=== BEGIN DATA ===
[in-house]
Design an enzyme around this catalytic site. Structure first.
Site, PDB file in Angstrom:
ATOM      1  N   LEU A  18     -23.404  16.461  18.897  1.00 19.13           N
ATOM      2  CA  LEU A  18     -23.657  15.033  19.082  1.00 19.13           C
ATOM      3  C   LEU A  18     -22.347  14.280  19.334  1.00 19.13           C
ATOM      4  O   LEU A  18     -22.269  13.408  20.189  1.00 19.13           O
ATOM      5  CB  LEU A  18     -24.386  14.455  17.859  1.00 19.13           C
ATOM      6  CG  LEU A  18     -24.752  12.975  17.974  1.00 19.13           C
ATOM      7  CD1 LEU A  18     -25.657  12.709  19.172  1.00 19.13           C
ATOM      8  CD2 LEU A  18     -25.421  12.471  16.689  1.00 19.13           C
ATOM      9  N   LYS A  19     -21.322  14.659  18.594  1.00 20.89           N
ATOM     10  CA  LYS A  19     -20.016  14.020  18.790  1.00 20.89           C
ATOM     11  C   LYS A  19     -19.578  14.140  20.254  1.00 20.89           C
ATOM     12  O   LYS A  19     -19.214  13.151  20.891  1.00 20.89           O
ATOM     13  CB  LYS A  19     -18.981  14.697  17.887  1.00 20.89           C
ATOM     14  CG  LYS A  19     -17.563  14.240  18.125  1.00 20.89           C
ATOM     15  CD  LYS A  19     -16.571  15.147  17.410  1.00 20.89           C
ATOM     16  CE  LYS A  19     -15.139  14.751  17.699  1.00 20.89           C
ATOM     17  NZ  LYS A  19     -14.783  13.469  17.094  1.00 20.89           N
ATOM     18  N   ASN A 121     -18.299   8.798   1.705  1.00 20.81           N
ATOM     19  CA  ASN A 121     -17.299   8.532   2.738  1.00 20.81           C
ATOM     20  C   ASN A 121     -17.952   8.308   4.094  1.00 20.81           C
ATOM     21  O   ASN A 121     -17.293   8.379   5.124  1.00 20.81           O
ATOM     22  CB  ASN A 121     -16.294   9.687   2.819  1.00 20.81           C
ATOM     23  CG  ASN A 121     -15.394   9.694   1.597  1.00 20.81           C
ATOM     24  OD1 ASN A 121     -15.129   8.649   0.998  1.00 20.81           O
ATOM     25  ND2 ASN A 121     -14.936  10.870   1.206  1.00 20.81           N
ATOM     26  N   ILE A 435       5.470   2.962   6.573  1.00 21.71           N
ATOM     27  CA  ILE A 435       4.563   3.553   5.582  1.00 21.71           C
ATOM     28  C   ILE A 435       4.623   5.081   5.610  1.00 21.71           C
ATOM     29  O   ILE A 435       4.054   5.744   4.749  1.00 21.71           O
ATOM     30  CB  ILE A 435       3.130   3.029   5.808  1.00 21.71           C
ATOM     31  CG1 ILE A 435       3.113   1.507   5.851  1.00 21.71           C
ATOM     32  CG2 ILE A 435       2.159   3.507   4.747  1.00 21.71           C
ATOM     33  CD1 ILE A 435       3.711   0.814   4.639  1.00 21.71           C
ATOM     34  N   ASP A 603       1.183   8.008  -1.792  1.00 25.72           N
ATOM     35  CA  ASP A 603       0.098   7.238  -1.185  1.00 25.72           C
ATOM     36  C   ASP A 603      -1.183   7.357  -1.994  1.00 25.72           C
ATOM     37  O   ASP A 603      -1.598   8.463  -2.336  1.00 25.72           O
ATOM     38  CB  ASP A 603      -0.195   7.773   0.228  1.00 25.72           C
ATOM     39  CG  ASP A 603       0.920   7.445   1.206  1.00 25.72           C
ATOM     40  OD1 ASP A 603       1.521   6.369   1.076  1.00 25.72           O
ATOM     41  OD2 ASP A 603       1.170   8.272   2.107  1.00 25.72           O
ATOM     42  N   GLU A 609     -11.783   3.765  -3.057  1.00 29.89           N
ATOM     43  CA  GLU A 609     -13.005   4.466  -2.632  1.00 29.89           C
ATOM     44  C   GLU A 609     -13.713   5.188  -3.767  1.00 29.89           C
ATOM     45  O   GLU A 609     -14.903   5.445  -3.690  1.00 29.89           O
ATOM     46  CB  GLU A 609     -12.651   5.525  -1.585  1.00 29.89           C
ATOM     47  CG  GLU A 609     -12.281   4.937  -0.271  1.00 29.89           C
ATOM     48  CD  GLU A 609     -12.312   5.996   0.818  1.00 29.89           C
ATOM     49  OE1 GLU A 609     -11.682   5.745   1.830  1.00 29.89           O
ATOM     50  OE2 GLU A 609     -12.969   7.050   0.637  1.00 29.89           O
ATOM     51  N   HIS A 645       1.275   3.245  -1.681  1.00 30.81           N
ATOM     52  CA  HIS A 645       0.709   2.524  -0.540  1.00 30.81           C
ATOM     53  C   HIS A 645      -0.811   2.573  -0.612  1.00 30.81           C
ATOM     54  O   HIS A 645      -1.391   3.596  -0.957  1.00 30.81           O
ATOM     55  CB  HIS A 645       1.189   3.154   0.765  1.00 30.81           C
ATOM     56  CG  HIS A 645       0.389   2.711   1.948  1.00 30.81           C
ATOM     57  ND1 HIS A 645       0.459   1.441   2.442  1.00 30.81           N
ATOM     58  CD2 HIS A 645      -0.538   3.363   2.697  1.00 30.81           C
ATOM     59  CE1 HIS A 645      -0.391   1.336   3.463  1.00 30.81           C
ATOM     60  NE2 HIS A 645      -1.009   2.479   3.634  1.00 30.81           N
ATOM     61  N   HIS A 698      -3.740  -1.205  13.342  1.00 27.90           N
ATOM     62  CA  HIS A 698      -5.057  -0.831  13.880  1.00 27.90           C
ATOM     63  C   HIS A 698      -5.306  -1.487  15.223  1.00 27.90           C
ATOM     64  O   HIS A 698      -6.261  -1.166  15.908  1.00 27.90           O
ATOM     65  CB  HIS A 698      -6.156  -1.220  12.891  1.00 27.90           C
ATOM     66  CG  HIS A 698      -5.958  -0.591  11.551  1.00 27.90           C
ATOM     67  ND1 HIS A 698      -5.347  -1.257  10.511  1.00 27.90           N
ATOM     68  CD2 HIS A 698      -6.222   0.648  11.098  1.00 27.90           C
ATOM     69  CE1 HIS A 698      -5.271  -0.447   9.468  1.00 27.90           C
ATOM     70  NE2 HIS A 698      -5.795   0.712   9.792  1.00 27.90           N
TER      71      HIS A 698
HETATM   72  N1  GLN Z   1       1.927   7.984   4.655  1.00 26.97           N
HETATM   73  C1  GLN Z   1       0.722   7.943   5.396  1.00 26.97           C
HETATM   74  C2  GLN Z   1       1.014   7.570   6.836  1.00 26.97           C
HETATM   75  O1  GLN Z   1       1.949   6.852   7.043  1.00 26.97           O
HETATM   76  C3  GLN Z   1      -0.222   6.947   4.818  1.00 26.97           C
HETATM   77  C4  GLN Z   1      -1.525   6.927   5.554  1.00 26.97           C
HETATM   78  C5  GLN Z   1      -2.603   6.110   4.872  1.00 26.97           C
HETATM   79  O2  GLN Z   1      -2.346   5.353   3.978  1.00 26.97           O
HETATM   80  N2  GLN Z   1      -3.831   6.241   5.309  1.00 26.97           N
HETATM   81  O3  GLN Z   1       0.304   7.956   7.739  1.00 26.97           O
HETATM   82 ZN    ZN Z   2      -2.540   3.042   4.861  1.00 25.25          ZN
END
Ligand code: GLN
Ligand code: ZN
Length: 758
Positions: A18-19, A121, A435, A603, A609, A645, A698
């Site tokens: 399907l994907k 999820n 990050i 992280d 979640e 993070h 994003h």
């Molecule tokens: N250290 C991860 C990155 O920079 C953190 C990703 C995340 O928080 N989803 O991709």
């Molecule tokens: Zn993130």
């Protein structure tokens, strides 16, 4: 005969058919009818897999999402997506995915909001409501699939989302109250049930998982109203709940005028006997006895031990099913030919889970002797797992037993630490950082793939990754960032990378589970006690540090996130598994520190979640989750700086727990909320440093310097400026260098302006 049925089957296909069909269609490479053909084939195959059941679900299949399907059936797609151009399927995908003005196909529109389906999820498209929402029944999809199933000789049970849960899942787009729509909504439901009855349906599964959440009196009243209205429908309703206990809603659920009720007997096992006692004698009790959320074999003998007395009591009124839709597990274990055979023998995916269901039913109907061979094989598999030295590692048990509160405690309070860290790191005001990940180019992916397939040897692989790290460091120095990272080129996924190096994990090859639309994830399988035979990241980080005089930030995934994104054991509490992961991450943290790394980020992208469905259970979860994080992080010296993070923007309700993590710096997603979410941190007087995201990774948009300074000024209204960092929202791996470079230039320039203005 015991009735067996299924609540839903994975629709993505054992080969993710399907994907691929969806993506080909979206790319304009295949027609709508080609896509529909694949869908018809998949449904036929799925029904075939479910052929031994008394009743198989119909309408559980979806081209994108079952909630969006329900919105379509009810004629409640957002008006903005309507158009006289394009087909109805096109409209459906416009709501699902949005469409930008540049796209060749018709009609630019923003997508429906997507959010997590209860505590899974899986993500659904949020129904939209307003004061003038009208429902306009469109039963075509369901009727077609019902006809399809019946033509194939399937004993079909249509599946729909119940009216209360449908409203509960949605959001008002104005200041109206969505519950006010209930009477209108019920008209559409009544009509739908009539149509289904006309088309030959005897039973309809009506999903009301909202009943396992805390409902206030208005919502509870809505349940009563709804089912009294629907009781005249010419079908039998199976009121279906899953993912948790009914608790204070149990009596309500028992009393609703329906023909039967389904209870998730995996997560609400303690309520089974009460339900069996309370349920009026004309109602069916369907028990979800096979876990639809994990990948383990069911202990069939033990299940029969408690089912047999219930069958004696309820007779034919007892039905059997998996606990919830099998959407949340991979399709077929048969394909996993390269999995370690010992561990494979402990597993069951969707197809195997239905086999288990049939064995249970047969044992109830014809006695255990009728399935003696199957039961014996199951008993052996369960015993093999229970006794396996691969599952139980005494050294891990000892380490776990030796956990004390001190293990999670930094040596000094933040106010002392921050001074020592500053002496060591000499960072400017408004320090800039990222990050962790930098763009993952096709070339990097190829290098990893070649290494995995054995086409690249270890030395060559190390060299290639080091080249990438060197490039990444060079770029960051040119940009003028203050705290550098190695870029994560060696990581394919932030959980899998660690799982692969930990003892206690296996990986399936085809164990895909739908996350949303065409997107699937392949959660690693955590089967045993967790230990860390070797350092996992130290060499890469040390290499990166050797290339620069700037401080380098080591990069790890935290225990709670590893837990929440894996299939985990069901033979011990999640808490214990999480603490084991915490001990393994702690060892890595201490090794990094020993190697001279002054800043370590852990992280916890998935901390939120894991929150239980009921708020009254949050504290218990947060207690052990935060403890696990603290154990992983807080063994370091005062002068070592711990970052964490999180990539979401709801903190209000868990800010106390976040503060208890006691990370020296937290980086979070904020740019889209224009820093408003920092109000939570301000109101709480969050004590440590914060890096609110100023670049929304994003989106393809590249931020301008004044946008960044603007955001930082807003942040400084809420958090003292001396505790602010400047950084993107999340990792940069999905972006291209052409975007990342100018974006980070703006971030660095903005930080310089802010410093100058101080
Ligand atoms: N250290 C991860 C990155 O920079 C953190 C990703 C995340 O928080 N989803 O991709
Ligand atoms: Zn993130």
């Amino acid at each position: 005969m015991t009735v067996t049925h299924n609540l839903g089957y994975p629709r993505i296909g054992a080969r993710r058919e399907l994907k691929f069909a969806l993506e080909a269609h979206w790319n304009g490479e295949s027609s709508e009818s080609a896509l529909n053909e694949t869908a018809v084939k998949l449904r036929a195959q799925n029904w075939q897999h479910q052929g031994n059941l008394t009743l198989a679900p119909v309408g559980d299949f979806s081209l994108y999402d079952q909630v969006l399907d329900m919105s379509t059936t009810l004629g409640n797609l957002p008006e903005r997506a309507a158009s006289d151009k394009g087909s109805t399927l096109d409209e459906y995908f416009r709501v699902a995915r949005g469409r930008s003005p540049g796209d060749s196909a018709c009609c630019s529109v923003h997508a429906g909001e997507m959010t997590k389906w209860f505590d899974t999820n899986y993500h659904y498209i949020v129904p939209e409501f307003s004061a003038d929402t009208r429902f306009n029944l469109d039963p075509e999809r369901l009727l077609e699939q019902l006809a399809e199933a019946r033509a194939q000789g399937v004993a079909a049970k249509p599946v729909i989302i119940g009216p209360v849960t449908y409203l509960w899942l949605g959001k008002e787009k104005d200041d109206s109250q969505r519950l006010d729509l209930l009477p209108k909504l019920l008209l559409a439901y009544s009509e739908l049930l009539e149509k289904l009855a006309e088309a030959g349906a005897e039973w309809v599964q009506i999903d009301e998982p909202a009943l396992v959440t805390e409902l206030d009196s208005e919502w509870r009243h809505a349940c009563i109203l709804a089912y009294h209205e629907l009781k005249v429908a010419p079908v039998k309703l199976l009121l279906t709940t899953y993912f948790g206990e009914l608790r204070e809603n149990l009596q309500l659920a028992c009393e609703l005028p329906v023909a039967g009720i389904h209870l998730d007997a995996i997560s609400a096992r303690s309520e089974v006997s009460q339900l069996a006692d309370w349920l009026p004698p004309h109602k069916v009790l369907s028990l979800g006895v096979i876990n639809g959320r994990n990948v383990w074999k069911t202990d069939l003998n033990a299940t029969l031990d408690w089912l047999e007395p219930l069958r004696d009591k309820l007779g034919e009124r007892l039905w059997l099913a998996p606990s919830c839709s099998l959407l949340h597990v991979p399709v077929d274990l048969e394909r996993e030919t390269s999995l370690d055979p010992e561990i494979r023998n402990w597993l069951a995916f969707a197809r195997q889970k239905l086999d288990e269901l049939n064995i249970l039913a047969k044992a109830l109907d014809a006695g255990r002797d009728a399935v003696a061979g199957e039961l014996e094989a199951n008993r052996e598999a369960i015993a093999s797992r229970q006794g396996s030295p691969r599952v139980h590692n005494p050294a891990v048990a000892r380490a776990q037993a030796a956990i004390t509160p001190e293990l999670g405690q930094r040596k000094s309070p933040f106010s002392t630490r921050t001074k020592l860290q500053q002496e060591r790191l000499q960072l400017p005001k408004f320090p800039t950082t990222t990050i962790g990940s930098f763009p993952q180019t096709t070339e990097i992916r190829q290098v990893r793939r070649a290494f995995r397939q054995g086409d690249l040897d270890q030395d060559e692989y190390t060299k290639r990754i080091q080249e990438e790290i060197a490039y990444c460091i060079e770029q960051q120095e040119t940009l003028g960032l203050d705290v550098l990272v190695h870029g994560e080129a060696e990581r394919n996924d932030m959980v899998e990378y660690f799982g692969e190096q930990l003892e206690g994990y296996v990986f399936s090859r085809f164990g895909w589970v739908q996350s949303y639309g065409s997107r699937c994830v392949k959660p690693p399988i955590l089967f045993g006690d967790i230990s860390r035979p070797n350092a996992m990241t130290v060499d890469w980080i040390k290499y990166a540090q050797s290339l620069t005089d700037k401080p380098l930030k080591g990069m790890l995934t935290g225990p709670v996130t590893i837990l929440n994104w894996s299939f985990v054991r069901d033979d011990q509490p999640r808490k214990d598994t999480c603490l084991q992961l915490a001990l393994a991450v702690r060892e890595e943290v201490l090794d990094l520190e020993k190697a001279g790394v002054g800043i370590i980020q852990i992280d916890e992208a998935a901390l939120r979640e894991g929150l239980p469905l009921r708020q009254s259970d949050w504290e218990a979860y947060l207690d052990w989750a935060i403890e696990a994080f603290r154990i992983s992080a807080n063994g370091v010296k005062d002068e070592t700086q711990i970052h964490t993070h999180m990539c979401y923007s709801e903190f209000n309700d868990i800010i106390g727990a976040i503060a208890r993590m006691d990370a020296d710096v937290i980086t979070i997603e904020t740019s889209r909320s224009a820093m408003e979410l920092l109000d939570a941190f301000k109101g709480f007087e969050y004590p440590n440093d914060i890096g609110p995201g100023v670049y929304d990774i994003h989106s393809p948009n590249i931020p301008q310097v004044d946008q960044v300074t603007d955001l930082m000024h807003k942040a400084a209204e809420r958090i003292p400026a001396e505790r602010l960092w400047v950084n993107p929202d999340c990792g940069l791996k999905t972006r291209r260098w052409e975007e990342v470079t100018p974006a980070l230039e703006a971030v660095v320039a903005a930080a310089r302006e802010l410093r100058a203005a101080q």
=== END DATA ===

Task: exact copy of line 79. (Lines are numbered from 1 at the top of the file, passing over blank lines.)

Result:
HETATM   76  C3  GLN Z   1      -0.222   6.947   4.818  1.00 26.97           C